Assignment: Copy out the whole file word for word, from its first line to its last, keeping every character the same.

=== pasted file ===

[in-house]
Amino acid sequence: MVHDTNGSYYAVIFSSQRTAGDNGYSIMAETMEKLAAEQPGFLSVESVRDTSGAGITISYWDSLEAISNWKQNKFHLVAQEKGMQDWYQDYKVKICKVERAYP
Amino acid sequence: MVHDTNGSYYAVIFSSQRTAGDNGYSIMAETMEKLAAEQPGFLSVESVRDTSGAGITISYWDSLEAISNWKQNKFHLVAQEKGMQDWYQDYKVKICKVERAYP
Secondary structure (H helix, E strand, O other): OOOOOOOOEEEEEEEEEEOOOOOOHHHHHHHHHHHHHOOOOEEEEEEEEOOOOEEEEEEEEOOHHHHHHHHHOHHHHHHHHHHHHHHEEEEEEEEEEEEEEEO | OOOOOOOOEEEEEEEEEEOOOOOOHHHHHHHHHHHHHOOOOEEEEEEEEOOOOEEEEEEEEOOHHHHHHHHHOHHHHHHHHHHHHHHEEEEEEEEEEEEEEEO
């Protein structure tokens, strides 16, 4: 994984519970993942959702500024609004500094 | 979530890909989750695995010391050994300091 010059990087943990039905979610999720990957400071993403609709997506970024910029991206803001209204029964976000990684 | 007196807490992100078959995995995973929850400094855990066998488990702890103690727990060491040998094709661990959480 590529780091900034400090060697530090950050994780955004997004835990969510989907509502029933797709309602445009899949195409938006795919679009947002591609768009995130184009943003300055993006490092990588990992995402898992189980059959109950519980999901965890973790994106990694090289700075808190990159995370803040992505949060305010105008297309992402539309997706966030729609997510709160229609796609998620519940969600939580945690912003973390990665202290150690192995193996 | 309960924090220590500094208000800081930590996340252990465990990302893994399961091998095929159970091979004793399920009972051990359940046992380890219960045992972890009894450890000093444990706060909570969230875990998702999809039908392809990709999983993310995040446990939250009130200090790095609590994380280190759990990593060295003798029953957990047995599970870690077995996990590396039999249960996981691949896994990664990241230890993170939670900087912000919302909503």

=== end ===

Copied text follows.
[in-house]
Amino acid sequence: MVHDTNGSYYAVIFSSQRTAGDNGYSIMAETMEKLAAEQPGFLSVESVRDTSGAGITISYWDSLEAISNWKQNKFHLVAQEKGMQDWYQDYKVKICKVERAYP
Amino acid sequence: MVHDTNGSYYAVIFSSQRTAGDNGYSIMAETMEKLAAEQPGFLSVESVRDTSGAGITISYWDSLEAISNWKQNKFHLVAQEKGMQDWYQDYKVKICKVERAYP
Secondary structure (H helix, E strand, O other): OOOOOOOOEEEEEEEEEEOOOOOOHHHHHHHHHHHHHOOOOEEEEEEEEOOOOEEEEEEEEOOHHHHHHHHHOHHHHHHHHHHHHHHEEEEEEEEEEEEEEEO | OOOOOOOOEEEEEEEEEEOOOOOOHHHHHHHHHHHHHOOOOEEEEEEEEOOOOEEEEEEEEOOHHHHHHHHHOHHHHHHHHHHHHHHEEEEEEEEEEEEEEEO
């Protein structure tokens, strides 16, 4: 994984519970993942959702500024609004500094 | 979530890909989750695995010391050994300091 010059990087943990039905979610999720990957400071993403609709997506970024910029991206803001209204029964976000990684 | 007196807490992100078959995995995973929850400094855990066998488990702890103690727990060491040998094709661990959480 590529780091900034400090060697530090950050994780955004997004835990969510989907509502029933797709309602445009899949195409938006795919679009947002591609768009995130184009943003300055993006490092990588990992995402898992189980059959109950519980999901965890973790994106990694090289700075808190990159995370803040992505949060305010105008297309992402539309997706966030729609997510709160229609796609998620519940969600939580945690912003973390990665202290150690192995193996 | 309960924090220590500094208000800081930590996340252990465990990302893994399961091998095929159970091979004793399920009972051990359940046992380890219960045992972890009894450890000093444990706060909570969230875990998702999809039908392809990709999983993310995040446990939250009130200090790095609590994380280190759990990593060295003798029953957990047995599970870690077995996990590396039999249960996981691949896994990664990241230890993170939670900087912000919302909503």